Thursday, June 04, 2009

Can Someone Please Tell Comics This?

Dave Eggers offers this about the future of print:

"The new issue of McSweeney's, he adds, will be published in newspaper form, in an attempt to show that if the print model is changed, if it can offer "a clear and different experience" from the internet, then it can thrive. "We believe that if you use the hell out of the medium, if you give investigative journalism space, if you give photojournalists space, if you give graphic artists and cartoonists space – if you really truly give readers an experience that can't be duplicated on the web – then they will spend $1 for a copy. And that $1 per copy, plus the revenue from some (but not all that many) ads, will keep the enterprise afloat," he writes.

Eggers ends with a rousing call for the future of print. "This is a time to roar back and assert and celebrate the beauty of the printed page," he says. "Give people something to fight for, and they will fight for it. Give something to pay for, and they'll pay for it."

I want my comics on newspaper. I want to pay $1 for a big slab of culture with a lot of different comics in it... and ads for things I like... and a short story or two. I don't want to pay $3.99 for 22 pages of "story" (yes, that's sarcasm) on glossy white paper stock with card stock covers that winds up in a plastic bag and a board.

I also want to go online and read the comics if I miss the print edition. Surrounded by advertising and links and all sorts of "Google-ness" that pays for it.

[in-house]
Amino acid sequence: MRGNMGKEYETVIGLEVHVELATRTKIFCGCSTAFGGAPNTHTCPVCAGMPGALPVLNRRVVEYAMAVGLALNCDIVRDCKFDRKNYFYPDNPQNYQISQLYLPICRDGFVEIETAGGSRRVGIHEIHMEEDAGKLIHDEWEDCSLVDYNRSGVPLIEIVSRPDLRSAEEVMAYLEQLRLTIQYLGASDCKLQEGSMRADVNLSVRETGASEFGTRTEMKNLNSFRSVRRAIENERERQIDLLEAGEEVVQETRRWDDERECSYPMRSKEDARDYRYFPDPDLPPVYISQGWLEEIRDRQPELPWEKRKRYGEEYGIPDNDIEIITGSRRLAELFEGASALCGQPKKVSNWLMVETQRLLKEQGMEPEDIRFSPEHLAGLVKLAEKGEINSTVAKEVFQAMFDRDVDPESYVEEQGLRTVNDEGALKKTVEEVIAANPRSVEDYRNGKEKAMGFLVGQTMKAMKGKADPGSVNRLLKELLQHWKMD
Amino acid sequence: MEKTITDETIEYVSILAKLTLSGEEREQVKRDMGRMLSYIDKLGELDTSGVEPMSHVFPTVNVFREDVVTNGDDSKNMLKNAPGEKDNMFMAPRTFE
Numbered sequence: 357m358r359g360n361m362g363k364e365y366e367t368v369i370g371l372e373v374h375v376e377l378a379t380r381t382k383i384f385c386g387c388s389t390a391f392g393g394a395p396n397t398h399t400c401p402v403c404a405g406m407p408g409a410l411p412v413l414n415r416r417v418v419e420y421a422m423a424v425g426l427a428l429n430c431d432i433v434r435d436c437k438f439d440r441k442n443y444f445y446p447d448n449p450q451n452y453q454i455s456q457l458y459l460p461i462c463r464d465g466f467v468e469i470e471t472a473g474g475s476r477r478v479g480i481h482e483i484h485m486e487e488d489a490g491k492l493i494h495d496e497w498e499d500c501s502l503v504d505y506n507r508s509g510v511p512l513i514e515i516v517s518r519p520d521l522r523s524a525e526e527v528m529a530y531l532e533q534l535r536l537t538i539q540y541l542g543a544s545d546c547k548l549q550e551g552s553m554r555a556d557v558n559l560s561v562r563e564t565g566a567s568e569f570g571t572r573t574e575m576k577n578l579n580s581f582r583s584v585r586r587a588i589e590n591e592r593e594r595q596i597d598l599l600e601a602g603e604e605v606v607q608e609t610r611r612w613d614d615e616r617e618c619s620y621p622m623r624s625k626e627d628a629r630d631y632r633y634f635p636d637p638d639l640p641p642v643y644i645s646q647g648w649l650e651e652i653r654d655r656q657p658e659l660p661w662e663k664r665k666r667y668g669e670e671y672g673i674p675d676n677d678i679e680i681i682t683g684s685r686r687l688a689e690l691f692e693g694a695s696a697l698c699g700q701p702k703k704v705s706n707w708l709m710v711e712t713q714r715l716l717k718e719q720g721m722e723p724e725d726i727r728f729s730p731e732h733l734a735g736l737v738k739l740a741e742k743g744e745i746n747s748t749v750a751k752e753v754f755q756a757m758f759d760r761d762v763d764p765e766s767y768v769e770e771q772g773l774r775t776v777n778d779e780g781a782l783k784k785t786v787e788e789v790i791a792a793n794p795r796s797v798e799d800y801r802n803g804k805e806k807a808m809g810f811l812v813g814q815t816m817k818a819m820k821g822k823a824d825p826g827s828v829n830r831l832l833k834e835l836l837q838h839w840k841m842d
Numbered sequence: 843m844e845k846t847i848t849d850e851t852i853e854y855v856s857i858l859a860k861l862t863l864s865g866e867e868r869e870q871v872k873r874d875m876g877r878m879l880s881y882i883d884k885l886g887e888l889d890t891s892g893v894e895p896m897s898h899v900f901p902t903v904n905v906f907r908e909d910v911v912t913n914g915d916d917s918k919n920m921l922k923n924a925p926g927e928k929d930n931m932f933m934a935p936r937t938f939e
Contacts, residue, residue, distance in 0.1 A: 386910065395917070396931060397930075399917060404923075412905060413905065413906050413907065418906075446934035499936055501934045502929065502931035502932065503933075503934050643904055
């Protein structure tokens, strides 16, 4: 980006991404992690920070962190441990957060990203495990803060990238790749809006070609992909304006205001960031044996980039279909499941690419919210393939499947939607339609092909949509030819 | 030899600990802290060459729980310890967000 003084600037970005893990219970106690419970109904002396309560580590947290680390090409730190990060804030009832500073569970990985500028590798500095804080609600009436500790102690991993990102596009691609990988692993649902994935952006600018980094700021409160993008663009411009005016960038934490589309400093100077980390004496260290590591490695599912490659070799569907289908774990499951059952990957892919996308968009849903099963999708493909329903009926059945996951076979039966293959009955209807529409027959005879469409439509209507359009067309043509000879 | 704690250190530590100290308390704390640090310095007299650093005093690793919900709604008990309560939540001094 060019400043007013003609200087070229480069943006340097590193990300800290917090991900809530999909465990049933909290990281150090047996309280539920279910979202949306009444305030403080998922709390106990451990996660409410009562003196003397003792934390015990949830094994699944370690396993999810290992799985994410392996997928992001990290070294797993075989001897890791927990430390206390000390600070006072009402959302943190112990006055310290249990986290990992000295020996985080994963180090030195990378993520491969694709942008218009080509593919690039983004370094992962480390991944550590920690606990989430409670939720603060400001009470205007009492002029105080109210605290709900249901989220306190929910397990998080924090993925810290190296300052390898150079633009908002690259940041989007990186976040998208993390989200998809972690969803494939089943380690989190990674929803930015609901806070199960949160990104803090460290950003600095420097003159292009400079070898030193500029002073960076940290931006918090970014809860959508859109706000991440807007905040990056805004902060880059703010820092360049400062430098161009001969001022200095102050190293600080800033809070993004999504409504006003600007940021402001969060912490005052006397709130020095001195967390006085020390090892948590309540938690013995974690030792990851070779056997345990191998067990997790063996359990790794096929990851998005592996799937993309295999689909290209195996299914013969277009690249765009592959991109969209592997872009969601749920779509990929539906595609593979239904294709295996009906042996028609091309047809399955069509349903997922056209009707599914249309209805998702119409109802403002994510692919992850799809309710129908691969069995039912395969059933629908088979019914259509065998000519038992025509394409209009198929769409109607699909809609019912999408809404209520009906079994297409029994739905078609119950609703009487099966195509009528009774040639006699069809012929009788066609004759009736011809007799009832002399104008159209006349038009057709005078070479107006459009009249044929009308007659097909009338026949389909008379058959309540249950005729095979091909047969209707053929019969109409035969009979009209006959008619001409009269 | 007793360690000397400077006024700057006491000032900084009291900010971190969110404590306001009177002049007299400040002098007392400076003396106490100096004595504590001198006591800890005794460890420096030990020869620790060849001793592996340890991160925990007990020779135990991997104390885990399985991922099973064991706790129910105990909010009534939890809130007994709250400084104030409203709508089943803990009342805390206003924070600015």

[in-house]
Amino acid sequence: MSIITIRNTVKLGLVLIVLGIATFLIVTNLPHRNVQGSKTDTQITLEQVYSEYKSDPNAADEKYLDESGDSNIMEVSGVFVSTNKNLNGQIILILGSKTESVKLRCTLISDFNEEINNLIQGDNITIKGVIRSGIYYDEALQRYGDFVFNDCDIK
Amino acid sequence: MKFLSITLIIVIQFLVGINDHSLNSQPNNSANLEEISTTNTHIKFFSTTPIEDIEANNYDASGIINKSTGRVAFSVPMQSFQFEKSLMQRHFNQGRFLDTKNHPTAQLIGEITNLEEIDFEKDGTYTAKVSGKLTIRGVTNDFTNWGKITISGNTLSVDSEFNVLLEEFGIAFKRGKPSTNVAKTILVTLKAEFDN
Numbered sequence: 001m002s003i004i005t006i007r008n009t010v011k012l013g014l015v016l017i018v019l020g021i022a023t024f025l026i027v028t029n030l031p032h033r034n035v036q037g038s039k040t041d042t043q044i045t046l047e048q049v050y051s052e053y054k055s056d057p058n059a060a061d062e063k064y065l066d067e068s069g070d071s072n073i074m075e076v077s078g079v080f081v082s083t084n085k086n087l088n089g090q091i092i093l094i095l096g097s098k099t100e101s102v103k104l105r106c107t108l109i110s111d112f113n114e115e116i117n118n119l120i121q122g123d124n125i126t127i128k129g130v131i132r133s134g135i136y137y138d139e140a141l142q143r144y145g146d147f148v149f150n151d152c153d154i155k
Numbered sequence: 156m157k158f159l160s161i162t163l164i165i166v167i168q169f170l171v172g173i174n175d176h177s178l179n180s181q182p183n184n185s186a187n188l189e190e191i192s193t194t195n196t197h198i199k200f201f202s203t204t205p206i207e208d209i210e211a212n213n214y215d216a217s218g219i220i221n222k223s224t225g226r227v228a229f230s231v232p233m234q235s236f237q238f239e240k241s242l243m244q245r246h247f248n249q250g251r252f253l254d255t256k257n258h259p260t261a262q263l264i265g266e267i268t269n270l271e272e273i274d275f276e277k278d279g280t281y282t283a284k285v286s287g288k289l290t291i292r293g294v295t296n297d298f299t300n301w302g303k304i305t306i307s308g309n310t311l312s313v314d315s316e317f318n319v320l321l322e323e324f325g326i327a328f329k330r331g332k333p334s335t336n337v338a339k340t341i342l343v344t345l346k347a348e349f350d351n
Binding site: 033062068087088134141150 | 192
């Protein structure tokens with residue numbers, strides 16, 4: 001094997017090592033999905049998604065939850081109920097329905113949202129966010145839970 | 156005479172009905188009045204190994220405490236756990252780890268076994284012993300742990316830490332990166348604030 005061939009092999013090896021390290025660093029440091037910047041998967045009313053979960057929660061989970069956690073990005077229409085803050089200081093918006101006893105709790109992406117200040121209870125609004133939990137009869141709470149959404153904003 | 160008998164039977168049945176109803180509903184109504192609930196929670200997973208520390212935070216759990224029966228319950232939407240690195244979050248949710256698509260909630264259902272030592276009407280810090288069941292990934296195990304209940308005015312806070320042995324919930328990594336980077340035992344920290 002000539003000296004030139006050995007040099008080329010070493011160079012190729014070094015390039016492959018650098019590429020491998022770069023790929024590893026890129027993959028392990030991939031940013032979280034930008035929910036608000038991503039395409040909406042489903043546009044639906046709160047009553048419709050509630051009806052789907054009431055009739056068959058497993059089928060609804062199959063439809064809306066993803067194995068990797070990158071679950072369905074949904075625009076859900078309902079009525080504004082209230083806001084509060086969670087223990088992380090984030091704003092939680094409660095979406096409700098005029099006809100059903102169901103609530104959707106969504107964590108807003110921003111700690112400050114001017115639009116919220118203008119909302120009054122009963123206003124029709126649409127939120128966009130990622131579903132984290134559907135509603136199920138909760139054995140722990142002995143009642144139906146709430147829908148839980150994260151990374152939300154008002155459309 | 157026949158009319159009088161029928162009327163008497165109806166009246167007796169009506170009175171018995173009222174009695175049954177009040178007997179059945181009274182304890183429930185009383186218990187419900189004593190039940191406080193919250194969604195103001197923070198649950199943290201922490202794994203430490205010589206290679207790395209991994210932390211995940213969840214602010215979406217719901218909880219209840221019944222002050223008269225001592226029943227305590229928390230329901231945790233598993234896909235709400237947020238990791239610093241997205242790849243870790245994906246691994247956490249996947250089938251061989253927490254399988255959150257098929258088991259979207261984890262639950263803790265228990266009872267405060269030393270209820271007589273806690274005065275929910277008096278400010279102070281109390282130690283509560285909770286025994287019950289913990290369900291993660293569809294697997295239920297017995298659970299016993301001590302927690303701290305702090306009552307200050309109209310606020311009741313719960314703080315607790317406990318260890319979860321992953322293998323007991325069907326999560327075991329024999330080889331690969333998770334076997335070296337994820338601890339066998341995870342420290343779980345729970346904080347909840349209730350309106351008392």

But most of all I want to see kids reading comics again. With their folks. Just like my Dad and I used to do when I was a kid growing up in the small burg of Aiken, SC.

Every Sunday after church I would ask that we drop by the Aiken Drug Store to pick up the Atlanta Journal and Constitution which was the only paper in the area that carried DICK TRACY, THE PHANTOM and STEVE CANYON. All of this and the rest of the paper for only 50 cents.

Comics should be cheap.

The content shouldn't.

H/T to Warren


Unknown said...

Damned interesting, Bill. You always have the most thought-provoking stuff regarding media...I check it nearly every day!

Cunningham said...

Thanks, Dave.

I want to see Ghost Zero in a tabloid sized big, fat newsprint format like the LA WEEKLY or VILLAGE VOICE... and on Kindle...and on your web page...

You get the idea. We aren't going to grow the audience if we limit their participation through frankly ridiculous pricing. I will be looking at DC's new WEDNESDAY COMICS very closely.

We live in interesting times. We can either evolve or we can die.

I wish I could take credit for these ideas - I just find them and disseminate them for everyone to put into practice. The more diverse the offerings (and media portals) the stronger the overall market.

And who doesn't want that?

S. Harlan Cone said...

I wish we had more sci-fi and pulp magazines out there. I'd probably want to write short stories more often. I, too, am excited about Wednesday Comics.

Also: I live close to Aiken, it's an interesting place. I dig the painted horses.

Cunningham said...

I went to school at PC and USC and lived in Columbia for awhile before making the trek west. My brother and his wife make Lexington their home.

Harlan -- there will be more opportunities...I can guarantee it.

Chad Carter said...